The construction industry has long been the backbone of the global economy, but in order for your company to complete projects successfully, you have to be sure that you're diligent about your safety concerns. Scaffolding can be one of the most dangerous areas on any job site, and educating yourself about some basic safety tips is a necessary responsibility of any site manager.
Below, you'll find a guide to some scaffolding safety suggestions. Following these tips will allow you to avoid serious injuries and frustrating downtime and can help cement your company's reputation as a safe, reliable, professional construction firms that can handle the most serious of all job challenges.
Be Well Organized
A large percentage of scaffolding accidents occur either as a result of tripping and falling over material that is inefficiently laid out or because of unnecessary trips up and down the scaffolding. In both cases, these hazards can be avoided with a sufficient amount of careful planning.
One of the most important things you can do for the sake of both efficiency and safety is make sure that your project site is well organized. This includes material locations, gaming out the timing of specific tasks, and doing all you can to guarantee that unnecessary movement doesn't become a common characteristic of your project.
Don't Be Speed Obsessed
Coming in under budget can be greatly appreciated by clients and add a great deal to your reputation, and one of the best ways to do so is to finish a project early. However, if this means cutting corners on safety in an attempt to rush through, it's almost certainly not worth the risk.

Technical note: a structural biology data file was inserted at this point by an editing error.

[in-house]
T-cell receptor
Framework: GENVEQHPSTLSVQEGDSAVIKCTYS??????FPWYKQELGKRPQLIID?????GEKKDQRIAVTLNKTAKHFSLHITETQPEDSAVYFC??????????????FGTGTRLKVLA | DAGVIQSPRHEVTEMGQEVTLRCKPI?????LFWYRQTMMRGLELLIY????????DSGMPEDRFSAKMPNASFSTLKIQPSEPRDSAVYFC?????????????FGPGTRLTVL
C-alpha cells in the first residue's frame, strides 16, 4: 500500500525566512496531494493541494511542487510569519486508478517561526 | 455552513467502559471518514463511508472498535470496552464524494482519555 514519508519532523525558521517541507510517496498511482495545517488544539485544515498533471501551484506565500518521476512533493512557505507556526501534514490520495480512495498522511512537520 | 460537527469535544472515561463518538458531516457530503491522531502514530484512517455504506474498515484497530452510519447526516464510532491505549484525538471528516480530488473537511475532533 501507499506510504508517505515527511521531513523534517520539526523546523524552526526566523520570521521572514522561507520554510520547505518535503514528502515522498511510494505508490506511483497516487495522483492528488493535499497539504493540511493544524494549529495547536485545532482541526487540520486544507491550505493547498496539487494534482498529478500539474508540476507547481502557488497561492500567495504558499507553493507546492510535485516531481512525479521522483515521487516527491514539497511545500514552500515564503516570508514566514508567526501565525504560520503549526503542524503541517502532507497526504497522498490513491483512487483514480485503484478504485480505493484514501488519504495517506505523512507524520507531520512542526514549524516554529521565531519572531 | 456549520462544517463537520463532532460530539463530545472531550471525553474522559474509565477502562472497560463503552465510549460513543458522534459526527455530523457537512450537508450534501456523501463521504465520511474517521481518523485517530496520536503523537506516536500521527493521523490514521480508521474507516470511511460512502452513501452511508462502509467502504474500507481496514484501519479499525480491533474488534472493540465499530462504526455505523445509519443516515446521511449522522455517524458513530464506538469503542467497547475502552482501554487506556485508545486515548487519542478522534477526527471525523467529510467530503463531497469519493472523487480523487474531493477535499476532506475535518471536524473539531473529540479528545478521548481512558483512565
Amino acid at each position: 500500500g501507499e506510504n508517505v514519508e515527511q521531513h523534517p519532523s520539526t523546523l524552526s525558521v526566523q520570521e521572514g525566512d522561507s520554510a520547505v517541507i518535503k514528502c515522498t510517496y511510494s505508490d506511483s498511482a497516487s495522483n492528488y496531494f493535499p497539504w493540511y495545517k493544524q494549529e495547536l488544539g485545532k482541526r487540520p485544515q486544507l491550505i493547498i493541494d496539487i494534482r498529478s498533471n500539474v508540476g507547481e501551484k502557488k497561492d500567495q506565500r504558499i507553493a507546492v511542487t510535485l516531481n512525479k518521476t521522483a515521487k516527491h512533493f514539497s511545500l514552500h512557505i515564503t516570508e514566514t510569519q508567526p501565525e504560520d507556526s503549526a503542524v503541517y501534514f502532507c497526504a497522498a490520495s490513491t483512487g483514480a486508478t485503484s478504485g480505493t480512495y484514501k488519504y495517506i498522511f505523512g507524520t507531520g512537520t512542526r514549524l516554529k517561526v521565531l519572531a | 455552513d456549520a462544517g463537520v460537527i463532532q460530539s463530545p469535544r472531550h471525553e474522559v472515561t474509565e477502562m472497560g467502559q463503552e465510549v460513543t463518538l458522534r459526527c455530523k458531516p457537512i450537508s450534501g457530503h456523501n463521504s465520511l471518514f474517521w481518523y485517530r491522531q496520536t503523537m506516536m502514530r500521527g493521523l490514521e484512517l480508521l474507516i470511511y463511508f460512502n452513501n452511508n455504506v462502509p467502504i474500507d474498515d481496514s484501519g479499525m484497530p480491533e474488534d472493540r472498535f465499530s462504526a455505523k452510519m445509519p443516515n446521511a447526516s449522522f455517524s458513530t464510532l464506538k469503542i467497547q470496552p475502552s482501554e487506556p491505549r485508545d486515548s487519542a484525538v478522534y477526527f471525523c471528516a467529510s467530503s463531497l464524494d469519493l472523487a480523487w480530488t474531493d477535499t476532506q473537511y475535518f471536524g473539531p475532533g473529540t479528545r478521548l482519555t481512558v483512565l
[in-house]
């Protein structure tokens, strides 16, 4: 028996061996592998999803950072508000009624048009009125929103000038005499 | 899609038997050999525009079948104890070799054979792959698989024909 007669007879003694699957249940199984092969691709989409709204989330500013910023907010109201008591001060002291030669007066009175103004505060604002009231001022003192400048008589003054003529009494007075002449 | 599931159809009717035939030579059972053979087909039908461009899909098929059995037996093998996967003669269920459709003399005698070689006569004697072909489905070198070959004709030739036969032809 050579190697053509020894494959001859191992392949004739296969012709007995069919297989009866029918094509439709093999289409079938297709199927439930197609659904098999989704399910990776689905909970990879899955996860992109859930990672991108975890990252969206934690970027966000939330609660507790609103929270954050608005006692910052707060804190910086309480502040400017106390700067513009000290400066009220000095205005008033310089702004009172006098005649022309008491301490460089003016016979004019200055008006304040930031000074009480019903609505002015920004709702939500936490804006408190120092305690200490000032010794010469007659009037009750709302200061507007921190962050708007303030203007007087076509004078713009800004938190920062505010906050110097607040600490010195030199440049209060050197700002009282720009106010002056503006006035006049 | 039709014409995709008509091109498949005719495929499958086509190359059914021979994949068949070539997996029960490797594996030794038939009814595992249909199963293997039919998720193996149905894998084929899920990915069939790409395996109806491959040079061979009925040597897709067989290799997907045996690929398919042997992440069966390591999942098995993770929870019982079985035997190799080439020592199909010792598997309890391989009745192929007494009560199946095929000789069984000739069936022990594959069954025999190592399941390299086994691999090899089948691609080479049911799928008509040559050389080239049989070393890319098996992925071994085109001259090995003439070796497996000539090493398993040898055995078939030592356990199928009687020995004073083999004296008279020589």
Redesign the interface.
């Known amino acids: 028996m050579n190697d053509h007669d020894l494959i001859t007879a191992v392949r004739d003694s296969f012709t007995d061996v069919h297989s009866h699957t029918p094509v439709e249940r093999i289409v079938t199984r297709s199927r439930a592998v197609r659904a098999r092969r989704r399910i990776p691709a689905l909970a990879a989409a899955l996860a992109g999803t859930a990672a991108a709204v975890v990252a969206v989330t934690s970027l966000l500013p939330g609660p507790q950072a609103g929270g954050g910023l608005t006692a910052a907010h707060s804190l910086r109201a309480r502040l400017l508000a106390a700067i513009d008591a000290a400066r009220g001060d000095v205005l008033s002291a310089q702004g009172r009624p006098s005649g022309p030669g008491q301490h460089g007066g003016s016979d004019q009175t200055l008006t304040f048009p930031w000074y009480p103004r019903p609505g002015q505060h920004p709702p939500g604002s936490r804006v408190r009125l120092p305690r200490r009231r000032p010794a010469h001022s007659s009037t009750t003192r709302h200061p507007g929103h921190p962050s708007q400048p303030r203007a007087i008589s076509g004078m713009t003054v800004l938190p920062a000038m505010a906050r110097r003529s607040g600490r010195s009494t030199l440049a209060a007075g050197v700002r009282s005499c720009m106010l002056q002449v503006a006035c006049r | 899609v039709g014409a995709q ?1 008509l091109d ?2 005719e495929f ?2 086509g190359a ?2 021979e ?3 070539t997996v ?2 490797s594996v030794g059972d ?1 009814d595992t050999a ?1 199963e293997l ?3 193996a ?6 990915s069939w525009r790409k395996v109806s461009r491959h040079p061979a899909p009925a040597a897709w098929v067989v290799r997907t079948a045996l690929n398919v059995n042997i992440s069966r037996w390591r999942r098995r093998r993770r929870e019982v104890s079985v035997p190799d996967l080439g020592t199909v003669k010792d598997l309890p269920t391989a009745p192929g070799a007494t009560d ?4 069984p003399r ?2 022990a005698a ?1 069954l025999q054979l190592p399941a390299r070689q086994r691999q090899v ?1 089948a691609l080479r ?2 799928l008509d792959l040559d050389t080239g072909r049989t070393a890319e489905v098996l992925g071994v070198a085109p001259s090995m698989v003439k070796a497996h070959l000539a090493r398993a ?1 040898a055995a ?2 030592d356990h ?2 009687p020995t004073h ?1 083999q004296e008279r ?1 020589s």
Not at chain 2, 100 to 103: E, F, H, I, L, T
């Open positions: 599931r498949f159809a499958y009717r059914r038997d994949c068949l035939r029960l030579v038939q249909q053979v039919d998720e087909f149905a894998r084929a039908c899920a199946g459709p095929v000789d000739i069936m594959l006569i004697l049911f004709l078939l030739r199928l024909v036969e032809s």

Vertical construction projects and scaffolding use come with an inherently deliberate pace. Rather than trying to force your project into a timeframe it doesn't fit into and risking scaffolding accidents, work to make sure your job stays efficient and you'll find yourself avoiding dangerous lost time accidents.
Be Diligent About Oversight
Your scaffolding will only be as strong and stable as the work you put into it. While scaffolding is designed to take a beating and handle heavy work loads, you should still consistently inspect it in order to prevent any problems that may occur from snowballing. Checking the strength of the scaffolding's base as well as the tightness of all of the hardware and connection points are all important steps in making sure your scaffold protects your laborers and is there for you when you need it.
Read on to learn more.